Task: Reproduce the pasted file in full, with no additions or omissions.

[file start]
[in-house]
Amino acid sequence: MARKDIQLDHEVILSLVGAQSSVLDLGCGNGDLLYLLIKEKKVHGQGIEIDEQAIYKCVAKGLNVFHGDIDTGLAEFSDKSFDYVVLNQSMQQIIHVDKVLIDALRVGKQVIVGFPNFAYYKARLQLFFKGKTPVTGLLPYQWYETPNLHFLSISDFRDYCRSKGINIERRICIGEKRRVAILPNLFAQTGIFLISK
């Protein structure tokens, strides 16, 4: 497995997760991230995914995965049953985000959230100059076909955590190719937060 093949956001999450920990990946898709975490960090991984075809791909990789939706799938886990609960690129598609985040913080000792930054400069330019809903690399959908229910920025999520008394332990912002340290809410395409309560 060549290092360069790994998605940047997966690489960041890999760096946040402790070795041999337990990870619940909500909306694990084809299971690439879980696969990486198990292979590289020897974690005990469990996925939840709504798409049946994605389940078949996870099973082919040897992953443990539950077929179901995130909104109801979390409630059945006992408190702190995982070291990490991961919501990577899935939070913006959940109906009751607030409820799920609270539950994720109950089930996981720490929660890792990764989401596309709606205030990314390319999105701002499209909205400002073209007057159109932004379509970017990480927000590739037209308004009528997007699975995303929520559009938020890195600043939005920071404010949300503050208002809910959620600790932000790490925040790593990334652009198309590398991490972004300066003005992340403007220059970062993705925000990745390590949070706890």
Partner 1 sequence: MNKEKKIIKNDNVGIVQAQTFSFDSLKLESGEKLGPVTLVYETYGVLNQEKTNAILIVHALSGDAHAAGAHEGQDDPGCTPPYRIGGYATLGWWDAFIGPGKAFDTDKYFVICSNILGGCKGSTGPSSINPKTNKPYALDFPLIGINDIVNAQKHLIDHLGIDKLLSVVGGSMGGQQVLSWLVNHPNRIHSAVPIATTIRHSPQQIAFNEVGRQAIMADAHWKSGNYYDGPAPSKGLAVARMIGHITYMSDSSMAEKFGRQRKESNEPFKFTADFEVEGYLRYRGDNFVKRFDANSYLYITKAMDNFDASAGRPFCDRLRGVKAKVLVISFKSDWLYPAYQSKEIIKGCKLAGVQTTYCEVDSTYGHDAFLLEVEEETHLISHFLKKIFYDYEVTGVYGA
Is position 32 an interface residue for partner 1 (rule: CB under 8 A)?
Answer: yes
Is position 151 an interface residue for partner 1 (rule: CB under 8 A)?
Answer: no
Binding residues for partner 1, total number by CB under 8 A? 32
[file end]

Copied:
[in-house]
Amino acid sequence: MARKDIQLDHEVILSLVGAQSSVLDLGCGNGDLLYLLIKEKKVHGQGIEIDEQAIYKCVAKGLNVFHGDIDTGLAEFSDKSFDYVVLNQSMQQIIHVDKVLIDALRVGKQVIVGFPNFAYYKARLQLFFKGKTPVTGLLPYQWYETPNLHFLSISDFRDYCRSKGINIERRICIGEKRRVAILPNLFAQTGIFLISK
């Protein structure tokens, strides 16, 4: 497995997760991230995914995965049953985000959230100059076909955590190719937060 093949956001999450920990990946898709975490960090991984075809791909990789939706799938886990609960690129598609985040913080000792930054400069330019809903690399959908229910920025999520008394332990912002340290809410395409309560 060549290092360069790994998605940047997966690489960041890999760096946040402790070795041999337990990870619940909500909306694990084809299971690439879980696969990486198990292979590289020897974690005990469990996925939840709504798409049946994605389940078949996870099973082919040897992953443990539950077929179901995130909104109801979390409630059945006992408190702190995982070291990490991961919501990577899935939070913006959940109906009751607030409820799920609270539950994720109950089930996981720490929660890792990764989401596309709606205030990314390319999105701002499209909205400002073209007057159109932004379509970017990480927000590739037209308004009528997007699975995303929520559009938020890195600043939005920071404010949300503050208002809910959620600790932000790490925040790593990334652009198309590398991490972004300066003005992340403007220059970062993705925000990745390590949070706890």
Partner 1 sequence: MNKEKKIIKNDNVGIVQAQTFSFDSLKLESGEKLGPVTLVYETYGVLNQEKTNAILIVHALSGDAHAAGAHEGQDDPGCTPPYRIGGYATLGWWDAFIGPGKAFDTDKYFVICSNILGGCKGSTGPSSINPKTNKPYALDFPLIGINDIVNAQKHLIDHLGIDKLLSVVGGSMGGQQVLSWLVNHPNRIHSAVPIATTIRHSPQQIAFNEVGRQAIMADAHWKSGNYYDGPAPSKGLAVARMIGHITYMSDSSMAEKFGRQRKESNEPFKFTADFEVEGYLRYRGDNFVKRFDANSYLYITKAMDNFDASAGRPFCDRLRGVKAKVLVISFKSDWLYPAYQSKEIIKGCKLAGVQTTYCEVDSTYGHDAFLLEVEEETHLISHFLKKIFYDYEVTGVYGA
Is position 32 an interface residue for partner 1 (rule: CB under 8 A)?
Answer: yes
Is position 151 an interface residue for partner 1 (rule: CB under 8 A)?
Answer: no
Binding residues for partner 1, total number by CB under 8 A? 32